Anyone who starts doing "his research" and not scientifically litterate can arrive to just about any conclusion on any subject since there is so much disinformation on so many subjects.
    I think this is true, that is why my primary objection regarding a credibility issue is the main cause of my hesitation. If it were a clear cut answer, there would be less room for hesitation.
    On the flip side of your observation is the fact that if you are scientifically literate, you can make a study come to whatever conclusion you want. We saw this play out with the Cigarette companies.

    Quote Originally Posted by VAN
    AntiVaxxers are quite similar to FlatEarthers as they grow in numbers in the precise same way... disinformation combined with lack of scientific knowledge, scepticism in autority.
    This is actually not true. Because the most staunch "AntiVaxxers" are ones who have had their claim proven TRUE, in a court of law and been paid for their injuries.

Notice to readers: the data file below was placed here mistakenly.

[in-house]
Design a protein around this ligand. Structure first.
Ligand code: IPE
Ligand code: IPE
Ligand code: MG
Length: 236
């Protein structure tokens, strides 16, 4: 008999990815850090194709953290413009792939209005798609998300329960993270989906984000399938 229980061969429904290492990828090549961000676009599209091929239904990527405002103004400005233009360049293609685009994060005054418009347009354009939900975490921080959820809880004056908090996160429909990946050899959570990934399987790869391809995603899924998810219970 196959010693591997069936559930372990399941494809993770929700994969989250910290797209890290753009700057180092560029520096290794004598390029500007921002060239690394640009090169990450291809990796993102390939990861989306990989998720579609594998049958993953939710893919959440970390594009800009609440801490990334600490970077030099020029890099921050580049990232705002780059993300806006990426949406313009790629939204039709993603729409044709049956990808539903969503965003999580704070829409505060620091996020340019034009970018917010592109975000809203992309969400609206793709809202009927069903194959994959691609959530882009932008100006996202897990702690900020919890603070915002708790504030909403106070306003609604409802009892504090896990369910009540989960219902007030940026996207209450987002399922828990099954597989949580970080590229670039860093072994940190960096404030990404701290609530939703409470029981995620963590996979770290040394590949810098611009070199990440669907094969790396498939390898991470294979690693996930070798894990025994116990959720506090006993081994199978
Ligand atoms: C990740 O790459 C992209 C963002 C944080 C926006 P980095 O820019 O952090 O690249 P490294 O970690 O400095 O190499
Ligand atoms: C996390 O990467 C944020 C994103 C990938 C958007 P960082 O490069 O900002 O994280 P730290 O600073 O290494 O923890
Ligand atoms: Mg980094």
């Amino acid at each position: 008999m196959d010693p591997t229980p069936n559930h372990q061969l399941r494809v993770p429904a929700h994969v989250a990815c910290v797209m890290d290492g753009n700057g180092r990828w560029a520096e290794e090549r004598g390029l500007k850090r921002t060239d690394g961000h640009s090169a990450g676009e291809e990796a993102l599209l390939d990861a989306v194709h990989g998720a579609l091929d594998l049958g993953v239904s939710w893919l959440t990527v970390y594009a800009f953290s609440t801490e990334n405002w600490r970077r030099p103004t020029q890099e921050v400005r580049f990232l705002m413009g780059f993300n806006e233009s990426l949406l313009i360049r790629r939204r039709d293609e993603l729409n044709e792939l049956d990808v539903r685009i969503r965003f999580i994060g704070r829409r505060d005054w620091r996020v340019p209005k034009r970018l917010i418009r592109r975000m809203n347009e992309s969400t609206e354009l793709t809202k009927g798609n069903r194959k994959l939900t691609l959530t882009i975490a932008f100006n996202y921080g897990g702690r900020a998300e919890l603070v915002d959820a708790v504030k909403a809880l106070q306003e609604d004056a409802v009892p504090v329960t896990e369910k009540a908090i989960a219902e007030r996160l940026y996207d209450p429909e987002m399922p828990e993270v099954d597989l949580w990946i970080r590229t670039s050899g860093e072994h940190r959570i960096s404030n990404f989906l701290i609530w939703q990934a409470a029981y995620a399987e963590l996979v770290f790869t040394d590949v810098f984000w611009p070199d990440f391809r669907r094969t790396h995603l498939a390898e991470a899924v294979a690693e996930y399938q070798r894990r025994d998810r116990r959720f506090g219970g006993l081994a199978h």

This is the kind of propaganda on the other side that goes too far with it's claims, and feed right into my personal hesitation. It isn't enough for the pro-vaccine side to say "Look it is a risk worth taking", and they have to move to the extreme of "If you think there is a problem.. then your a flat earther.

    Quote Originally Posted by VAN
    I really feel bad reading of childern of Antivaxxer getting sick on stuff totally avoidable. In some cases, it can be said that disinformation and heavy scepticism can lead to public healt crisis.
    Like what?


    ---
    Quote Originally Posted by SIG